Asteroid impacts on the Moon millions of years ago match large space rock impacts here on Earth – including the massive impact that wiped out the non-avian dinosaurs.
The discovery reveals that major impacts during Earth’s prehistory were not isolated events. Instead, these asteroid strikes were accompanied by a series of smaller hits both here and on the moonwhose surface is littered with more than 9,000 craters left by space rock impacts.
Research could help astronomers better understand interior dynamics solar system and help calculate the likelihood of our planet being hit by potentially devastating massive space rocks in the future.
Related: Hunting for asteroid impacts on the Moon intensifies with a new observatory
Scientists from the Space Science and Technology Center (SSTC) at Curtin University in Australia obtained the results by studying microscopic glass beads in samples of lunar soil returned to Earth by China Chang’e-5 lunar mission in 2020.
These tiny glass beads were created by the intense heat and pressure generated by meteor impacts. This means that researchers can piece together a timeline of lunar bombardment by estimating the age of these pearls.
In doing so, the SSTC team found that the timing and frequency of asteroid impacts on the moon were mirrored by space rock strikes on Earth, meaning the timeline the team built could also provide insight into how our planet has evolved.
“We combined a wide range of microscopic analytical techniques, numerical modeling and geological investigations to determine how and when these microscopic moon glass beads formed,” said the study’s lead author, Alexander Nemchin, a professor at SSTC, in a statement.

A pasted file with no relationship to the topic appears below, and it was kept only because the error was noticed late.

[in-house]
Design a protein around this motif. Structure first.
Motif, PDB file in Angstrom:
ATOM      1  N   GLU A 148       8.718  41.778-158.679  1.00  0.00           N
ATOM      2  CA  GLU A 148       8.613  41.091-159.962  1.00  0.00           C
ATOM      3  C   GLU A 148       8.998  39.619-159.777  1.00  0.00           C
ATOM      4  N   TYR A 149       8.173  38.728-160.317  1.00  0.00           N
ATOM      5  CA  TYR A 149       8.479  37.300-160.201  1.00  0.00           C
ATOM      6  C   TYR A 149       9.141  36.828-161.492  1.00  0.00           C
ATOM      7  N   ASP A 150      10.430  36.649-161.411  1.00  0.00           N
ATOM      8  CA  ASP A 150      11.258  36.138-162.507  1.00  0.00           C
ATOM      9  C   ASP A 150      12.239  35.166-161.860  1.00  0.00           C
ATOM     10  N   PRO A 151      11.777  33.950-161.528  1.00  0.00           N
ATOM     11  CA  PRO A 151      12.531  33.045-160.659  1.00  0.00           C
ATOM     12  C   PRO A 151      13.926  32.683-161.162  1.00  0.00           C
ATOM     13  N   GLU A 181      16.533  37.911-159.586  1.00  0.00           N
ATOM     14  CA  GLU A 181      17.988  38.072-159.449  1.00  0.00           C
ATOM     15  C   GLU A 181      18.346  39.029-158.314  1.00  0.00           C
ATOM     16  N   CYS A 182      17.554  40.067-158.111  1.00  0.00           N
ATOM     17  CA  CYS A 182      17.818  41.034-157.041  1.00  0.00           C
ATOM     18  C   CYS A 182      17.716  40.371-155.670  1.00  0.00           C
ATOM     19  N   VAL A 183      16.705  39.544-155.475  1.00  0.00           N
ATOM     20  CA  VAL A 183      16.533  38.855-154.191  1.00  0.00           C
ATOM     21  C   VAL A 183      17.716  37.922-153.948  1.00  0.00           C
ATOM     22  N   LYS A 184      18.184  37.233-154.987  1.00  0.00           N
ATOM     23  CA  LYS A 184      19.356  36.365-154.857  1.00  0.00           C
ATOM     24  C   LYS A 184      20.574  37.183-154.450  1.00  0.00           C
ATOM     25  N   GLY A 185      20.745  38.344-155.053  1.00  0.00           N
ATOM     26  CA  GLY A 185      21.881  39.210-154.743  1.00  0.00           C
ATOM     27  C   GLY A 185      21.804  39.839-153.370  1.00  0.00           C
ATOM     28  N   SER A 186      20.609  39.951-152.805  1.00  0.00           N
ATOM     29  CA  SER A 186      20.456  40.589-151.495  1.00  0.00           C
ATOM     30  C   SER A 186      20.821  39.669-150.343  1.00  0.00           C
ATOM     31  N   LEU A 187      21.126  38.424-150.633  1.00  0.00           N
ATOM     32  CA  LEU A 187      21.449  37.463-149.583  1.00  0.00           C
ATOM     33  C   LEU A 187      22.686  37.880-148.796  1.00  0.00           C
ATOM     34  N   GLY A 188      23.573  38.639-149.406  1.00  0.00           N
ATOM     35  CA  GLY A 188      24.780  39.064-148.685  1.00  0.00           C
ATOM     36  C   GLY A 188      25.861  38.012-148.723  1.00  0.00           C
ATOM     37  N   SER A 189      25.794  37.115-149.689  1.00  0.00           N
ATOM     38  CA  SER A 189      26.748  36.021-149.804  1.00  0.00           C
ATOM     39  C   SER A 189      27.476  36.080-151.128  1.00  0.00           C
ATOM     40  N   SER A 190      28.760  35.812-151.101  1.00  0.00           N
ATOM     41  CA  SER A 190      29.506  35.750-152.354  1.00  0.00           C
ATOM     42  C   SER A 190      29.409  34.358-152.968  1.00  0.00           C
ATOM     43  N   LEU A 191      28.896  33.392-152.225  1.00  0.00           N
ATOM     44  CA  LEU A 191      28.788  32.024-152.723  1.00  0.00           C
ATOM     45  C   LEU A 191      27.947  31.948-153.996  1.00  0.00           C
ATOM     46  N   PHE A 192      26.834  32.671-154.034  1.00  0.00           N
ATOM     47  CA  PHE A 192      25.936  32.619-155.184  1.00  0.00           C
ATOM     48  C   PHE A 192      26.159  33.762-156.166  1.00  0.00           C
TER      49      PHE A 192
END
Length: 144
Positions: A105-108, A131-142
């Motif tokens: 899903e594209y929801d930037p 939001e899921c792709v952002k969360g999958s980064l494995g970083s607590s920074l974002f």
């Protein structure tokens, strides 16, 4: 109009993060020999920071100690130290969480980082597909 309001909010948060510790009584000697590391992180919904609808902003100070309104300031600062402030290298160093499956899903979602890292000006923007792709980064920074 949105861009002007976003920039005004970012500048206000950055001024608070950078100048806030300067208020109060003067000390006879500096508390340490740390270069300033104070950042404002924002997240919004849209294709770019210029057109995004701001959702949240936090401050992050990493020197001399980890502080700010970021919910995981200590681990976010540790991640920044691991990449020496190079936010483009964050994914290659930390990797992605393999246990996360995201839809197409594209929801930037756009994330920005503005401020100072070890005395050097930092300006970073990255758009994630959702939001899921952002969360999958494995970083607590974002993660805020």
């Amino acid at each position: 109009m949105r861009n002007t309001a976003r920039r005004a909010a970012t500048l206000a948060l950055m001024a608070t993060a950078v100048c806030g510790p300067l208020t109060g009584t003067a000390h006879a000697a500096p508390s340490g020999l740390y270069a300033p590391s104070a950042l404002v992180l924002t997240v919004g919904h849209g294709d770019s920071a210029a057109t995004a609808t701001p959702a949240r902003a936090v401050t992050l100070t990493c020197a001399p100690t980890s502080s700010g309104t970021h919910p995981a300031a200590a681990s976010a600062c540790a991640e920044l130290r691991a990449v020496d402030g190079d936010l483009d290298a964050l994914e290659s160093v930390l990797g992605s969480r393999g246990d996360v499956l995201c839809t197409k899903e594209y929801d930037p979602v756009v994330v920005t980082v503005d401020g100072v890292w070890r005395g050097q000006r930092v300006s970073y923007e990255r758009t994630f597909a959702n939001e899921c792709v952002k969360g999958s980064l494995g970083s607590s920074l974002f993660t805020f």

The age of some of the lunar glass beads indicates that they were created around 66 million years ago, around the time the dinosaur killer asteroidknown as the Chicxulub impactor, struck Earth in what is now the Gulf of Mexico, near Mexico’s Yucatán Peninsula.
The impact led to what is known as the Cretaceous-Paleogene extinction event, which eventually killed off three-quarters of all life on Earth, including non-avian dinosaurs.
The roughly 6.2-mile-wide (10-kilometer) Chicxulub impactor struck Earth at about 12 miles per second (19.3 kilometers per second), or 43,200 mph (69,524 km/h), leaving a impact crater measuring approximately 93 miles (150 km) wide and 12 miles (19 km) deep. In addition to the shock waves generated by the initial impact, the asteroid impact caused a series of earth-shattering effects, including throwing up thick clouds of dust that blocked out the sun.
The new SSTC research joins other work suggesting that this dinosaur-killing monster space rock may have been joined by other smaller asteroids that also hit Earth and could be revealed by studying the impact history of Earth. asteroids on the Moon.
“The study also found that large impact events on Earth, such as the Chicxulub crater 66 million years ago, could have been accompanied by a number of smaller impacts,” said Nemchin. “If correct, this suggests that age-frequency distributions of impacts on the Moon could provide valuable information about impacts on Earth or the inner solar system.”
The team now aims to compare the data collected from lunar soil samples from Chang’e-5 with other soil samples from the moon and with the age of craters across the lunar surface. This analysis could reveal other impact events across the moon and, in turn, help uncover signs of asteroid impacts here on Earth that may have affected life.
The research was published Wednesday, September 28 in the journal Scientists progress.
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